On December 2, 2015, the U.S. Commodity Futures Trading Commission (“CFTC” or “Commission”) and the New York Mercantile Exchange (“NYMEX”) simultaneously announced settlements with Arya Motazedi, a gasoline trader, including for claims of insider trading under CFTC Rule 180.1.1 On numerous occasions from approximately September to December of 2013, while trading RBOB Gasoline Physical Futures and CL Light Sweet Crude Oil Futures, Motazedi allegedly engaged in: (1) trading that moved money from his employer’s account to two of his personal accounts;2 and (2) transactions in his personal accounts, ahead of his employer’s account, to the detriment of the employer’s account. The Commission noted that Motazedi caused his employer to lose $216,955.80.

Motazedi settled claims of fraud, misappropriation of material, non-public information, fictitious trading, and non-competitive trading. He agreed to: (1) a cease and desist order; (2) restitution to his employer in the amount of $216,955.80; (3) a $100,000 penalty with the CFTC and a $100,000 penalty with NYMEX; and (4) a permanent trading ban. This settlement represents the first time that the Commission has used new powers granted to it in the Dodd- Frank Wall Street Reform and Consumer Protection Act to charge an individual with trading on material, non-public information in violation of a pre-existing duty.

Borrowing from established concepts of misappropriation under the securities laws, the CFTC concluded that Motazedi and his employer shared a “relationship of trust and confidence.” By virtue of this relationship, Motazedi “owed a duty to his employer not to misuse proprietary or confidential information.” Where, as here, Motazedi was “privy to the material, non-public information regarding the intended trading of his employer, including the timing, contracts, prices and volume of its orders,” his alleged knowing or reckless use of his employer’s trading information to trade for his own benefit, and failure to disclose his plans to his employer, violated CFTC Rule 180.1. In reaching this conclusion, the CFTC noted further that Motazedi’s employer expressly prohibited him from “entering into transactions in personal accounts which posed an ‘actual or potential conflict of interest’ or involved the ‘improper use of [the company’s] proprietary or confidential information.’” The company’s trading guidelines also forbid “Motazedi and other employees from conducting personal financial transactions in energy commodities.”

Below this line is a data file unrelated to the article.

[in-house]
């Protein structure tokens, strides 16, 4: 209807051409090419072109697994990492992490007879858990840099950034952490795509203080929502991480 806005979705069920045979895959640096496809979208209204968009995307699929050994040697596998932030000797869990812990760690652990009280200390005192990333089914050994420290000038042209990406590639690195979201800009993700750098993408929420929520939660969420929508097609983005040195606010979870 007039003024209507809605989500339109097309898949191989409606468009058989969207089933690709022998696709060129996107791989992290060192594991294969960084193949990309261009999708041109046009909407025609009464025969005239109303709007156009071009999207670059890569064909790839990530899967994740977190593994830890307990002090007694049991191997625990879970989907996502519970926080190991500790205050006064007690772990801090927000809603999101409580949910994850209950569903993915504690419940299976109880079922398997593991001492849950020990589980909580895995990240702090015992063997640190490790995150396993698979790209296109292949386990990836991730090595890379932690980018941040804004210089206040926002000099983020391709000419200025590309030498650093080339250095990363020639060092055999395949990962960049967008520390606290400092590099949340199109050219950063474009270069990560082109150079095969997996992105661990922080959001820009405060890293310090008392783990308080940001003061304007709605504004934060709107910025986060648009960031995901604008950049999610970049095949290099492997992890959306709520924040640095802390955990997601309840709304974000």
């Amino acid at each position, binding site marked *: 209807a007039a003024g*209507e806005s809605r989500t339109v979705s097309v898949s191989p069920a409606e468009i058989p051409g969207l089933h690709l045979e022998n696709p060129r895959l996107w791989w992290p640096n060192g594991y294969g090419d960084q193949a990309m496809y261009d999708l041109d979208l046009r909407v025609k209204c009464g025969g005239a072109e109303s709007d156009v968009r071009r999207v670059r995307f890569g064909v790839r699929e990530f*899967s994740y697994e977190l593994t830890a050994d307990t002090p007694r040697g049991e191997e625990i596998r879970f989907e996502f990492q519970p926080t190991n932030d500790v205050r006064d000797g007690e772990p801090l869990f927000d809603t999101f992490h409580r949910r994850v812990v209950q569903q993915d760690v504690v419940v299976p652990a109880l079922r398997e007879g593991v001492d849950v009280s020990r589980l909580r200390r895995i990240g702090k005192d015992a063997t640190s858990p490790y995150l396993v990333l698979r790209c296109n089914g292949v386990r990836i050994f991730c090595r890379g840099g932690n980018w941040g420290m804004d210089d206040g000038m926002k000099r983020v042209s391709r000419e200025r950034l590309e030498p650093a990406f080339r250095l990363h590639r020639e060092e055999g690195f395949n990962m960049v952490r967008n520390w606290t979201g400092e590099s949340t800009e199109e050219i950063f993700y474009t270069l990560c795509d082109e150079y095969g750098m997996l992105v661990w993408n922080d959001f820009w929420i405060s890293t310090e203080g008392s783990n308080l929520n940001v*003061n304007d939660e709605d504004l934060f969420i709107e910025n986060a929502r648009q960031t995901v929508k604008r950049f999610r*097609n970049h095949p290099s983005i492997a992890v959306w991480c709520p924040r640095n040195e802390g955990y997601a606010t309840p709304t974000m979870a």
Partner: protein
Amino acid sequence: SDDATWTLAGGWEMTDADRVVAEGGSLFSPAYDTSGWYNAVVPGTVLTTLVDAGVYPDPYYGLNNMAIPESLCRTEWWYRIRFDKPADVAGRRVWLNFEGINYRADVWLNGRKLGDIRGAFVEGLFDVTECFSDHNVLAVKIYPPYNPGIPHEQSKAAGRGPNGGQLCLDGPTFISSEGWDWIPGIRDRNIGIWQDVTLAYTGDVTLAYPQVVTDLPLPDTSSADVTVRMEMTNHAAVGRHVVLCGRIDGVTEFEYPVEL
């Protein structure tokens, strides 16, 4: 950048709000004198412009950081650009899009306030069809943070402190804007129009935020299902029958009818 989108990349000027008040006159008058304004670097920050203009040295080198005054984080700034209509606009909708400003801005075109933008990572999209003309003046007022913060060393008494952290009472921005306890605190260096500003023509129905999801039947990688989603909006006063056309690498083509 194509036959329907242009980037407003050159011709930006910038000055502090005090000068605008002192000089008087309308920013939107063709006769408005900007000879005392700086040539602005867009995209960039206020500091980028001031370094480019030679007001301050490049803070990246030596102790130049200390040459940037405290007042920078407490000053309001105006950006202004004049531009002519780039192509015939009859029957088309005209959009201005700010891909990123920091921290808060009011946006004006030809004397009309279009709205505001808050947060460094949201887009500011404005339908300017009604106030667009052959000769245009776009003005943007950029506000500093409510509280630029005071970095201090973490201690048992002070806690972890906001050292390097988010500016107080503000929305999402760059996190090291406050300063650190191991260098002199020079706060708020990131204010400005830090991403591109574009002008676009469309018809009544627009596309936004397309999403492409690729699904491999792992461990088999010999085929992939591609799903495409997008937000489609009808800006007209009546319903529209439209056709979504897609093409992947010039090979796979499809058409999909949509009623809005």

We expect enforcement staff to pursue similar claims going forward

The CFTC’s characterization of Motazedi’s relationship with his employer as one of “trust and confidence” is noteworthy. Under the securities laws generally, the misappropriation theory of insider trading may apply to fiduciary relationships or relationships of trust and confidence. Relationships of trust and confidence may arise, among other ways, based on a history, pattern, or practice of sharing confidences, such that the recipient of the information knows or reasonably should know that the person communicating the material nonpublic information expects the recipient will maintain its confidentiality.”